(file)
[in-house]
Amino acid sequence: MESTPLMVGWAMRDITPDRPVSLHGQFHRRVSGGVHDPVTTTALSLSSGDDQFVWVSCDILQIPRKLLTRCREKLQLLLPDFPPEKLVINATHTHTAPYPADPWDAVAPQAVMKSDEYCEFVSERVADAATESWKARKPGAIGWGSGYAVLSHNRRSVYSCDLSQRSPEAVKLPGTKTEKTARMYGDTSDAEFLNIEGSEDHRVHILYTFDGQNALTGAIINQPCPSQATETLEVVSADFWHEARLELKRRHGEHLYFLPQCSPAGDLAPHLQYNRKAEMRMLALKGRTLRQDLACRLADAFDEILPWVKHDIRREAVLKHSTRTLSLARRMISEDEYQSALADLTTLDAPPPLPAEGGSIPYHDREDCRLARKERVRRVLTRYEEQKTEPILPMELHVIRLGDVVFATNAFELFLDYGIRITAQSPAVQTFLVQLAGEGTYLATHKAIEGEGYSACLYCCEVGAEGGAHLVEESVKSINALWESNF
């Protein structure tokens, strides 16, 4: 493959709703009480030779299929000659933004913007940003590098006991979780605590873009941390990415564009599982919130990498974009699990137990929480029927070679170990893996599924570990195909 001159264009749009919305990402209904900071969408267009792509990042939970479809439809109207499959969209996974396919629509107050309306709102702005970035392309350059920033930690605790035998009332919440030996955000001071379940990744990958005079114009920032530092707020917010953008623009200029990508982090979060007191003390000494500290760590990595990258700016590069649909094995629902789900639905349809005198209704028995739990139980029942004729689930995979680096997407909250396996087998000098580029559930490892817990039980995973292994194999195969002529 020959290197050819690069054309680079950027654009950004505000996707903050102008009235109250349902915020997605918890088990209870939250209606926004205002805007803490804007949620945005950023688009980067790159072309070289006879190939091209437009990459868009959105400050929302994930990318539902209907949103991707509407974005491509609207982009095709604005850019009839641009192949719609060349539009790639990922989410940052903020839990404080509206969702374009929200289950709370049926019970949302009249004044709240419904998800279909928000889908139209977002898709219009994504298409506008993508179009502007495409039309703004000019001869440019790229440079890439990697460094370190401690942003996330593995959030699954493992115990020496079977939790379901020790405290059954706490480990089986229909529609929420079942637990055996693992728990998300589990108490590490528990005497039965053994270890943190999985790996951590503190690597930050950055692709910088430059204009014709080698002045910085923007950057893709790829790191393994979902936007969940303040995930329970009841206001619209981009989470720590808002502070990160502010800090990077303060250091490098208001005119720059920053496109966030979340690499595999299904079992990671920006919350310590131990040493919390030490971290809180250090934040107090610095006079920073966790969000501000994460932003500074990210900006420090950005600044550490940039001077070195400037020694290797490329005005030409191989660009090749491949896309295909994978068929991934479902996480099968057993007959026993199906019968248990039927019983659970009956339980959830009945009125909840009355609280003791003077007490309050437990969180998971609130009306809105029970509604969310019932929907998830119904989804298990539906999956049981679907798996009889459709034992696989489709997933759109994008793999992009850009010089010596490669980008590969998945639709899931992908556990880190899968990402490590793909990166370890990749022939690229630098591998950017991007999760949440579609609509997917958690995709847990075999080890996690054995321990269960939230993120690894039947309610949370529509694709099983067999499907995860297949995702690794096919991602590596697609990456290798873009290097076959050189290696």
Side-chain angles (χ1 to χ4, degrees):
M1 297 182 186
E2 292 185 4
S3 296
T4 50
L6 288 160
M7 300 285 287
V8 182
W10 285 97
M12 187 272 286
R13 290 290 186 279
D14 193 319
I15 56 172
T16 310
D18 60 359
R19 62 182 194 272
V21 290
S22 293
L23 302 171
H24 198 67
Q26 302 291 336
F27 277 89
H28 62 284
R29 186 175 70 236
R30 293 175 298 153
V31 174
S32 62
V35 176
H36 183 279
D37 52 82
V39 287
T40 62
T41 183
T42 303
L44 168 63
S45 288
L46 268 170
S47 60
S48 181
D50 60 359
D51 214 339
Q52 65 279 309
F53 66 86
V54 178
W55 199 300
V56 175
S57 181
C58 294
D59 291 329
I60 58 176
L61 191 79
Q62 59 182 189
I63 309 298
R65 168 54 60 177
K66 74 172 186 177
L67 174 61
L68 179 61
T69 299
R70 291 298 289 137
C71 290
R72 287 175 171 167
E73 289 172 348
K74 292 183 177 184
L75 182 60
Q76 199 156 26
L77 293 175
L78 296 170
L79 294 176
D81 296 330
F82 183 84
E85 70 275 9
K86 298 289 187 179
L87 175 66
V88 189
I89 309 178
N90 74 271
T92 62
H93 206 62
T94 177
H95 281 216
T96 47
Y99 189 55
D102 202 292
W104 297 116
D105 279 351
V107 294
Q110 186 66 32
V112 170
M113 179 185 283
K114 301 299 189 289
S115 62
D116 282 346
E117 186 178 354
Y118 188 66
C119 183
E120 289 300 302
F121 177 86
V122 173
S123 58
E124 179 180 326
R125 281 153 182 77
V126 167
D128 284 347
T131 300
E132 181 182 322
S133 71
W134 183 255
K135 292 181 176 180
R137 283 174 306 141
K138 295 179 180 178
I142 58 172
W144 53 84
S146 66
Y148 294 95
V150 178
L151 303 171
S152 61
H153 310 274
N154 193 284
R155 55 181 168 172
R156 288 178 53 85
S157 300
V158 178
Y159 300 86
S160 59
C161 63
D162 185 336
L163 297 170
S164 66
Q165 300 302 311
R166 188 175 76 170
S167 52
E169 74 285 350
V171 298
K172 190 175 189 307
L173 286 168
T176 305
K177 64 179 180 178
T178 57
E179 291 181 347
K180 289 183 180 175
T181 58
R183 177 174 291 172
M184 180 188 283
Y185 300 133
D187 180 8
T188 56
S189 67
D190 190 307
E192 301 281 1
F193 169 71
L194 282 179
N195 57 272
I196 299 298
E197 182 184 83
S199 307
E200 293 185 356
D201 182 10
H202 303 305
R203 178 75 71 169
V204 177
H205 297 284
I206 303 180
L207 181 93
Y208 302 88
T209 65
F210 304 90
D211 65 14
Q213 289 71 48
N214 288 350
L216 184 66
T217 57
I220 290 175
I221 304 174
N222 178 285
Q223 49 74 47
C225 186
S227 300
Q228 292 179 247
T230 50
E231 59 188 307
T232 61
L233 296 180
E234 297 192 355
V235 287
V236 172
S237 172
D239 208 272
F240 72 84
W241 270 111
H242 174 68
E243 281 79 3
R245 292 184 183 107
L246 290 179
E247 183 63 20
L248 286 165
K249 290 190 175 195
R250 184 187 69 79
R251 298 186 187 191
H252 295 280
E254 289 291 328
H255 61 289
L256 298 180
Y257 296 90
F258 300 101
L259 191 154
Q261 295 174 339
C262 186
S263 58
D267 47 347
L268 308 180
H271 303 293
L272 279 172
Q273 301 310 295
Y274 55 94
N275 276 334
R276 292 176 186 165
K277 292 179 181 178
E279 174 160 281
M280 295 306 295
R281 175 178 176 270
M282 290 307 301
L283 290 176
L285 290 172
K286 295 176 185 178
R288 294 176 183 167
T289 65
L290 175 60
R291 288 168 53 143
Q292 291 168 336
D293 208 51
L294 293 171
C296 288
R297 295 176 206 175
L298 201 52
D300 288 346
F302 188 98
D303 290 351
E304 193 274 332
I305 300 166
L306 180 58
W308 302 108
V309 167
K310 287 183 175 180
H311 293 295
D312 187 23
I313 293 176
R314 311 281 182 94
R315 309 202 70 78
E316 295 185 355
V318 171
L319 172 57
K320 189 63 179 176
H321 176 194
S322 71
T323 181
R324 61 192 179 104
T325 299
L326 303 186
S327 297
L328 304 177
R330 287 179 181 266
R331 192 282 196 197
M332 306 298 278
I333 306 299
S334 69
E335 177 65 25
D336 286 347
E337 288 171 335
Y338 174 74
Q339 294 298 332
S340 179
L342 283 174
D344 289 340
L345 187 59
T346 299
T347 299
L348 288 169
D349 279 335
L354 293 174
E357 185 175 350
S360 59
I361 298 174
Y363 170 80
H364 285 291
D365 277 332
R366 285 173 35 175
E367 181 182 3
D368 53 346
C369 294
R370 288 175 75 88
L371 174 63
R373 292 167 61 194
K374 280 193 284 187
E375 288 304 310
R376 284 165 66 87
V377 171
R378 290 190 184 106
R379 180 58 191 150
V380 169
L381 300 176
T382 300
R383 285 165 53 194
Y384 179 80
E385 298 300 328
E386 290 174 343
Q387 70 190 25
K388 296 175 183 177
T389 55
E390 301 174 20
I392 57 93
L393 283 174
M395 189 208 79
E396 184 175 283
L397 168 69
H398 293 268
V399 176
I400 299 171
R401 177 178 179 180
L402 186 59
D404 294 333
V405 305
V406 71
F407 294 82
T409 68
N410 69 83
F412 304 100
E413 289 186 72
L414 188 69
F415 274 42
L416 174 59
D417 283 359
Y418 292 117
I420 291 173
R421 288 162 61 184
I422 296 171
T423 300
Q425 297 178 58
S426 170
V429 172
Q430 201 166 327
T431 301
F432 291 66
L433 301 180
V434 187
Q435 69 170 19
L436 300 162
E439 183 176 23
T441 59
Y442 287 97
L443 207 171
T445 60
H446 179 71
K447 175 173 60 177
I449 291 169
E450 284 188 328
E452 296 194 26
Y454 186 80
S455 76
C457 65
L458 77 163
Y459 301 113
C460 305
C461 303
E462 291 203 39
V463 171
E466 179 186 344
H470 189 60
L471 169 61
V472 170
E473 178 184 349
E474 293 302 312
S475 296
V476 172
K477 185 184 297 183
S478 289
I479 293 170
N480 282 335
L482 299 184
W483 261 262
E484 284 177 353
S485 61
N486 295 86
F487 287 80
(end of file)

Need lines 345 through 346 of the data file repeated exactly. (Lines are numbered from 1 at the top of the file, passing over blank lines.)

T431 301
F432 291 66